Most of the book details the Hahn’s slow conversion to Catholicism. As I mentioned, they made their conversion on separate dates. Scott converted a few years before his wife. In the book, again written by both, they describe in detail the painful and difficult process of this conversion. But, in the end, Kimberly finally felt the calling to convert over to the Roman Catholic church. And now they are convinced they are in the truest and fullest expression of Christ’s Church.
The book is quite moving, in the sense of seeing a family come together in the end even after all they went through. I wouldn’t agree with the statement that the Roman Catholic church is the true Church. And if one didn’t have any other input outside of Catholic teachings, I guess the book could draw you in, which was the intent of the Hahn’s. I’m not saying they were being deceptive by any means, but it is a moving story.
In the end, the one thing I did really appreciate is the Catholic appreciation for the eucharist, or the Lord’s Supper-communion. I don’t accept the teaching of transubstantiation that says the bread and wine literally transform into the body and blood of Christ. Yet, I do not appreciate the view of many evangelicals that see it as a mere symbol.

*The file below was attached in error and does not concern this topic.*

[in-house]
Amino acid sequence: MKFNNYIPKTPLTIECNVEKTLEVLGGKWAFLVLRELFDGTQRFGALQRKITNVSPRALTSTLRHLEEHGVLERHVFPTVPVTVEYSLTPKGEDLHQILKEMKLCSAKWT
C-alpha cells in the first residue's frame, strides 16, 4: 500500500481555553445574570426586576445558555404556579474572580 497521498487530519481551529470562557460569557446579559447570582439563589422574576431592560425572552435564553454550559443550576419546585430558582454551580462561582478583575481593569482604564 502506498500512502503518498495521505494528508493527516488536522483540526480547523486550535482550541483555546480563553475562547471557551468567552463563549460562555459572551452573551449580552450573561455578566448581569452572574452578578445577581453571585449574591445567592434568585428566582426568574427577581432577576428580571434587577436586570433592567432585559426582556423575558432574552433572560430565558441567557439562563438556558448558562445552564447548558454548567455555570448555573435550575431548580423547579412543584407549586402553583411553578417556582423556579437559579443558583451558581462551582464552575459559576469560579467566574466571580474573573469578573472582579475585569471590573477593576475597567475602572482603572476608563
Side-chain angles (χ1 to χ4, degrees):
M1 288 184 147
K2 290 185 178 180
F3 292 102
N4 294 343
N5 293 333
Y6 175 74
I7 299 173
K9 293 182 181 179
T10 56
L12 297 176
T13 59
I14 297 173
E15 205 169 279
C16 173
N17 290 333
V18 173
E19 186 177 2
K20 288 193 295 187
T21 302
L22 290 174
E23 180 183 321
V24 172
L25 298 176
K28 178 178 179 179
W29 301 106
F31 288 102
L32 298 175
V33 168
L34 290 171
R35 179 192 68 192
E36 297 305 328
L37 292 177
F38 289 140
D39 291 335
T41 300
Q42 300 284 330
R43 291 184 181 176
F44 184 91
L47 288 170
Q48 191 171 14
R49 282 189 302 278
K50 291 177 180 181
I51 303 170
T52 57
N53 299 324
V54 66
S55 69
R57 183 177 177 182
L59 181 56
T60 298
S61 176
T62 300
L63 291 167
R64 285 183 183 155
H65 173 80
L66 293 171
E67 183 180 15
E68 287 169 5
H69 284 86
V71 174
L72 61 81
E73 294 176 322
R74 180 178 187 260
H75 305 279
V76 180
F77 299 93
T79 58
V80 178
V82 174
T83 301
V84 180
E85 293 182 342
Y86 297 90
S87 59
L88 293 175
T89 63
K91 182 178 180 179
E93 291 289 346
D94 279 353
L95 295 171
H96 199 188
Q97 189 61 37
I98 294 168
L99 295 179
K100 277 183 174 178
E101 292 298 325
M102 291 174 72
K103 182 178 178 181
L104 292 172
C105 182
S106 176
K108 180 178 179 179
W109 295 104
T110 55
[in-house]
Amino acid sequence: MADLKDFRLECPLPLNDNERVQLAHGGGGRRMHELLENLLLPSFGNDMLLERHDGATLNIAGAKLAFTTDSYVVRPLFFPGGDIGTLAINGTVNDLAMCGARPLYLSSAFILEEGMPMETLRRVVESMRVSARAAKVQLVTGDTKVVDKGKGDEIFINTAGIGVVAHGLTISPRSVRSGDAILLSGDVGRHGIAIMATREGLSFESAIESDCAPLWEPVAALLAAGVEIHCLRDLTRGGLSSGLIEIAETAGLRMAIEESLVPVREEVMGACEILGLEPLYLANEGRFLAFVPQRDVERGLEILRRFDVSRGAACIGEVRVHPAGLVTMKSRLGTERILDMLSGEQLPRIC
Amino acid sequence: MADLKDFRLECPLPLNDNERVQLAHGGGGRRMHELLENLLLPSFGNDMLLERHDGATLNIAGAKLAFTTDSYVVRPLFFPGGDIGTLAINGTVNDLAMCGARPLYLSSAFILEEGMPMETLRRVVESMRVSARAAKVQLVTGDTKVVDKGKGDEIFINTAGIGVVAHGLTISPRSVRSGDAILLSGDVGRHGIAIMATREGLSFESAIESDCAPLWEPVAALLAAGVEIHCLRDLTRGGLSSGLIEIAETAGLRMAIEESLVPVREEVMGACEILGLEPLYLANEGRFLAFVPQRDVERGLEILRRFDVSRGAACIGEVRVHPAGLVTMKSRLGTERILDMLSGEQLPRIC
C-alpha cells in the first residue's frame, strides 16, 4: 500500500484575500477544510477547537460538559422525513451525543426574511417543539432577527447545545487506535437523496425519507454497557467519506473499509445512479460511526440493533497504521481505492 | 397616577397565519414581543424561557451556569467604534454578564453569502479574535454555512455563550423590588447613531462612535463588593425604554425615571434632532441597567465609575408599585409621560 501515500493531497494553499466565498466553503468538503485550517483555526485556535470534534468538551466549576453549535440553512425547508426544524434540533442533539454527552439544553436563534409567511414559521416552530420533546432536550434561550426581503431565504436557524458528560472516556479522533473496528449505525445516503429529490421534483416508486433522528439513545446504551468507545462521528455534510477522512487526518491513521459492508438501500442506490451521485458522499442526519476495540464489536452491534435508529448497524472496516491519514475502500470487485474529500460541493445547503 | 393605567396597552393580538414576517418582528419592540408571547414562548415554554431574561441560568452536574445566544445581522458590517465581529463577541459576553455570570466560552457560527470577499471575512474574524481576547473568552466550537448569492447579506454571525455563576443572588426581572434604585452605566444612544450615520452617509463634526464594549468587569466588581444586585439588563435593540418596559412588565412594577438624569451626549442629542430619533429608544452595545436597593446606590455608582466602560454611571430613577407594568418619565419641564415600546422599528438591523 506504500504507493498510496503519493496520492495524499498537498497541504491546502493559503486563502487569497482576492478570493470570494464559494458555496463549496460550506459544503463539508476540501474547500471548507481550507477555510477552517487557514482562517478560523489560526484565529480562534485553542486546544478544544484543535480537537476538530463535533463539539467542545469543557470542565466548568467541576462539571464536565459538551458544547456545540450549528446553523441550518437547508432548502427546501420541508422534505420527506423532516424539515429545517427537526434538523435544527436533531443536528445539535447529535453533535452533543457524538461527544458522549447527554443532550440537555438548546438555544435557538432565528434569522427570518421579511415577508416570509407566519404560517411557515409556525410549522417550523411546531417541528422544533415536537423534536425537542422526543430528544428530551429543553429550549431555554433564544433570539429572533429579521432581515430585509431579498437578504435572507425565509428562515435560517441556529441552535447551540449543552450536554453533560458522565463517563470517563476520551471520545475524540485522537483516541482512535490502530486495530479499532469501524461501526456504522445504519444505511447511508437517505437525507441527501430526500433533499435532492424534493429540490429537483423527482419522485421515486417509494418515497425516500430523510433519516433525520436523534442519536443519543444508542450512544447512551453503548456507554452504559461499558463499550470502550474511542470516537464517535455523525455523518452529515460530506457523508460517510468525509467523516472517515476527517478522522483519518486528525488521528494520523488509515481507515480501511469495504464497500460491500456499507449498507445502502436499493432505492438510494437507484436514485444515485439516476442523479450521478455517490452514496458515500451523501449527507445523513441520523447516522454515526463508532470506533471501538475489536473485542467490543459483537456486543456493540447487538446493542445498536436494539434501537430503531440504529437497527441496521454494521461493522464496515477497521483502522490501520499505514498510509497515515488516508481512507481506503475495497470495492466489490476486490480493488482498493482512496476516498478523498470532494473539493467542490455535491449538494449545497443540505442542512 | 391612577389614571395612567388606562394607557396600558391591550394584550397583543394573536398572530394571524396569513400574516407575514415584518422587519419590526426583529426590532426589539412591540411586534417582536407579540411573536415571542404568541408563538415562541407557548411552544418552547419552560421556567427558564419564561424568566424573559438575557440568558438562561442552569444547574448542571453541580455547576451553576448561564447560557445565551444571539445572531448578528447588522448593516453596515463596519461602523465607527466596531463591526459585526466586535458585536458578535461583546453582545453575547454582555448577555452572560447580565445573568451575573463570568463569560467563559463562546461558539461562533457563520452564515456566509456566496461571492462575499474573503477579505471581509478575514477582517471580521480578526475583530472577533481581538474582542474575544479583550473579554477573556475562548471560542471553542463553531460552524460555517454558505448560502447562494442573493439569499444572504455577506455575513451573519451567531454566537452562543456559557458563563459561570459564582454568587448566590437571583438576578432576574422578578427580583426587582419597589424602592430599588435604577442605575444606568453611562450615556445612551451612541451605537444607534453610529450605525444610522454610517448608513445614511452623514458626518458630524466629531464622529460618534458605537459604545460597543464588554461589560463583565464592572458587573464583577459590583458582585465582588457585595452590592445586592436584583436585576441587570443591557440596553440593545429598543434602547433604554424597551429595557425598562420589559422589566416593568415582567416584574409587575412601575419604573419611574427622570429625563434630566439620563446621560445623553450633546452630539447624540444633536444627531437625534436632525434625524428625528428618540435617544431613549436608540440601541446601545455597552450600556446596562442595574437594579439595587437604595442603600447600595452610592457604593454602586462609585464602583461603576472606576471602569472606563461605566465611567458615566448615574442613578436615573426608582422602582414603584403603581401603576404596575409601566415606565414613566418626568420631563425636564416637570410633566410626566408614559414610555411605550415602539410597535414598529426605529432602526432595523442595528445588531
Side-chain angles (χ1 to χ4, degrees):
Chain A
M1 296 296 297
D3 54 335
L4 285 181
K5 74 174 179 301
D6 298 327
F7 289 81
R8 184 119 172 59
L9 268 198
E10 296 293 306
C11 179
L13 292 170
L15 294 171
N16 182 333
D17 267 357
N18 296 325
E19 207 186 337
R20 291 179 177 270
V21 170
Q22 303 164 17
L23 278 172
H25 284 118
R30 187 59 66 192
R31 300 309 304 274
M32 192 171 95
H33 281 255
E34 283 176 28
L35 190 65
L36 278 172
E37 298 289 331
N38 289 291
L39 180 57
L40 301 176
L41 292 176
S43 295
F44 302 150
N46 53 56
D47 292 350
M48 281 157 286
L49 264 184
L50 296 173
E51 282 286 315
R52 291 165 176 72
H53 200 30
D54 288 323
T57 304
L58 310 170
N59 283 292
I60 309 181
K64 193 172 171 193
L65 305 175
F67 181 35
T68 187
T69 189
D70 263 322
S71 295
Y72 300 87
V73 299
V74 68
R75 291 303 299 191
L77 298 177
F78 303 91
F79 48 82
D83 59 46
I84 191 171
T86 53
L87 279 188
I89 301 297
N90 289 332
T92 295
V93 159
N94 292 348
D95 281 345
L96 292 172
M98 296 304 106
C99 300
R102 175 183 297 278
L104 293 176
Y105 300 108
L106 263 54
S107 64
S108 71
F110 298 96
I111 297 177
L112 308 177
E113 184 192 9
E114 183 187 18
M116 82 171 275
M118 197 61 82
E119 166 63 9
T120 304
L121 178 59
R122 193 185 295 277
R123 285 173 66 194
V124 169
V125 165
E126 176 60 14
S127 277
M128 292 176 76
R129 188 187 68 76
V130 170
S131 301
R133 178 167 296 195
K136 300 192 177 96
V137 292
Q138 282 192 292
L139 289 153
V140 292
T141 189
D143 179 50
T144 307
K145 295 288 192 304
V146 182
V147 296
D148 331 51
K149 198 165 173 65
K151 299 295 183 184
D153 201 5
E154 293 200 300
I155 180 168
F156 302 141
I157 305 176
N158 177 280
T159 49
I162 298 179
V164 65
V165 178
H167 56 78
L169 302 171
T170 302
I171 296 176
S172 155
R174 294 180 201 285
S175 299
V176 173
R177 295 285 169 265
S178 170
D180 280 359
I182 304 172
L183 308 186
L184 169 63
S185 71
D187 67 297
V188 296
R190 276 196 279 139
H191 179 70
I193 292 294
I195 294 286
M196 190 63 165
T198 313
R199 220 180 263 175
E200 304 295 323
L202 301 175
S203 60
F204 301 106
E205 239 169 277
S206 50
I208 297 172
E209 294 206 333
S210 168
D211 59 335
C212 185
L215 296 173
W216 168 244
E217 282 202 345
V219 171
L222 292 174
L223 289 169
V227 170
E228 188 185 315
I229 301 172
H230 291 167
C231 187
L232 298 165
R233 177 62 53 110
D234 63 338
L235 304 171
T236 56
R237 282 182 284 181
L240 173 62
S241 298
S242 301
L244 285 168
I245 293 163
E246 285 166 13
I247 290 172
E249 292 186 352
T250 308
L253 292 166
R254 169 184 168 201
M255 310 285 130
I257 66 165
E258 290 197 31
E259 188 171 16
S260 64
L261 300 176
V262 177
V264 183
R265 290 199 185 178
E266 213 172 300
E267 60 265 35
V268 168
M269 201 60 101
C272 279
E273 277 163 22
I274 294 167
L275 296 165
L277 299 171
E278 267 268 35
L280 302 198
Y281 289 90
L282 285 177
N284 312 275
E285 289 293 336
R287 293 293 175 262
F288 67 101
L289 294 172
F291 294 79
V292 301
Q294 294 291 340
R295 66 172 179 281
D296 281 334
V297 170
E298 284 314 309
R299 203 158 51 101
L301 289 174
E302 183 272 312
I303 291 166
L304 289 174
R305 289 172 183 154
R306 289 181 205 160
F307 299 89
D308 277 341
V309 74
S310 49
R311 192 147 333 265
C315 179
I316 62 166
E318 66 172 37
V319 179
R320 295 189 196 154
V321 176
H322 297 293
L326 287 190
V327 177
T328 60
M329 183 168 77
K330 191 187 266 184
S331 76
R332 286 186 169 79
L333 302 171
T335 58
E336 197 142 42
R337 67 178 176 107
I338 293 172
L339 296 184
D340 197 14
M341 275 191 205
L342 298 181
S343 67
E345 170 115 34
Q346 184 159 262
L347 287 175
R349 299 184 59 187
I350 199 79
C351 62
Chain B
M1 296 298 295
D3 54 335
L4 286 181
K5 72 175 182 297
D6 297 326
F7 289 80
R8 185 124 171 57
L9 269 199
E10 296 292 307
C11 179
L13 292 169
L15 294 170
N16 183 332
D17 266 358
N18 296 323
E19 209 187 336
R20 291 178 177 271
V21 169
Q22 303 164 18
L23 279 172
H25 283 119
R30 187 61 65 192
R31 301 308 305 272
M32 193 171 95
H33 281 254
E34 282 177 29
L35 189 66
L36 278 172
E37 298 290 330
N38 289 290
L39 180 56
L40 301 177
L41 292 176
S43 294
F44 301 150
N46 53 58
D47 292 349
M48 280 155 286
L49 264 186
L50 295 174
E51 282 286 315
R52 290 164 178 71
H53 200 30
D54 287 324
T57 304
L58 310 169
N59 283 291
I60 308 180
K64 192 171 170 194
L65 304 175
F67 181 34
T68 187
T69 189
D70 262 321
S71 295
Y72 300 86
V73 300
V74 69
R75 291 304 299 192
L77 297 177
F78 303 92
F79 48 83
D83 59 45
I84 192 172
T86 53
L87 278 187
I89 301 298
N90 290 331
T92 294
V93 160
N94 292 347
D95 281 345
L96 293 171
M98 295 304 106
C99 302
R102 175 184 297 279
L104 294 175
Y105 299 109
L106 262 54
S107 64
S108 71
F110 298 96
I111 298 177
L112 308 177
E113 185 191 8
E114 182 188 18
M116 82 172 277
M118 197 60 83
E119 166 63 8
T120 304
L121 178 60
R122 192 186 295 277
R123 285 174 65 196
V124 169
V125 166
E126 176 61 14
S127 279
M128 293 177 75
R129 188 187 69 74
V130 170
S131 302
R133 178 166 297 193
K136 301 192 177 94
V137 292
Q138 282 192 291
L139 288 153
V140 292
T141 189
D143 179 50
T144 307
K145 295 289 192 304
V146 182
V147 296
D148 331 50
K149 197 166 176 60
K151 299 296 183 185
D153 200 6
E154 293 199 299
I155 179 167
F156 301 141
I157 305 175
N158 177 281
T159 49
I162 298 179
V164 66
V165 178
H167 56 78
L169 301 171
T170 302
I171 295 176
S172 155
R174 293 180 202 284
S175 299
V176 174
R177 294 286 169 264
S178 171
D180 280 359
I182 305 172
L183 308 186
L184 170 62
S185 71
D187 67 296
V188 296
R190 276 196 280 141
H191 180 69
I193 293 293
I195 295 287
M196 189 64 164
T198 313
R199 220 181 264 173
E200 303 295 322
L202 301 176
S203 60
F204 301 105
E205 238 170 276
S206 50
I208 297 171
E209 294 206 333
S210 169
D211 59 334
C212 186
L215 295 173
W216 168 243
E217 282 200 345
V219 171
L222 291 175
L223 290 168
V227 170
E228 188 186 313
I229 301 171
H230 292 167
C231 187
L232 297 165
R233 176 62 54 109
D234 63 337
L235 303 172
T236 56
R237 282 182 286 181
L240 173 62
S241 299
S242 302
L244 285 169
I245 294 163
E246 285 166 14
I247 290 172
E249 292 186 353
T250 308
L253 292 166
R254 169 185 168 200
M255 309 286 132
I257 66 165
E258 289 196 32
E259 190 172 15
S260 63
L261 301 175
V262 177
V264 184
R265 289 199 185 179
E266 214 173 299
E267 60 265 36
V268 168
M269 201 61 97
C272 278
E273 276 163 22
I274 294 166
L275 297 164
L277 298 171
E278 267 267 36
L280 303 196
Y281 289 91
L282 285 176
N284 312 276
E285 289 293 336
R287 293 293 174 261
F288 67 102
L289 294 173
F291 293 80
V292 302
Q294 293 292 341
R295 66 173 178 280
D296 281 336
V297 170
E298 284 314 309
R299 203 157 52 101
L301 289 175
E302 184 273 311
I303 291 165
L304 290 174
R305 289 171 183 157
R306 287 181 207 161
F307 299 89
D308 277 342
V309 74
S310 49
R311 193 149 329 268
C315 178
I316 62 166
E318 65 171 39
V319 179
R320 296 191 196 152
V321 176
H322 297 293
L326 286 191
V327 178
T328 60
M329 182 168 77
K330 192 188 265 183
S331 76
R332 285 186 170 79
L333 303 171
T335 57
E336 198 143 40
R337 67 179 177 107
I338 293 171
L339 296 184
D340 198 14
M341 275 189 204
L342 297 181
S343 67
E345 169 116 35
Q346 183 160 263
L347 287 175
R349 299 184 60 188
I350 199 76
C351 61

Paul said the bread and wine are a participation in Christ’s body and blood (see 1 Corinthians 10:16). I don’t pertain to know what that means fully, but I do believe Christ’s presence is really and truly in our midst during the sharing of the covenant meal. The meal has been given for us to be nourished by Christ. I share more the Lord’s Supper here.
Well, there are my thoughts on these two books. It was insightful to learn more about the Roman Catholic church and its teachings, even if I disagree with many of its beliefs. One thing I think I might try and do is add a book to my list for 2010. I caught wind of this book even today: Romans Catholics and Evangelicals: Agreements and Differences by Ralph MacKenzie and Norman Geisler. I might try and get a copy sometime soon.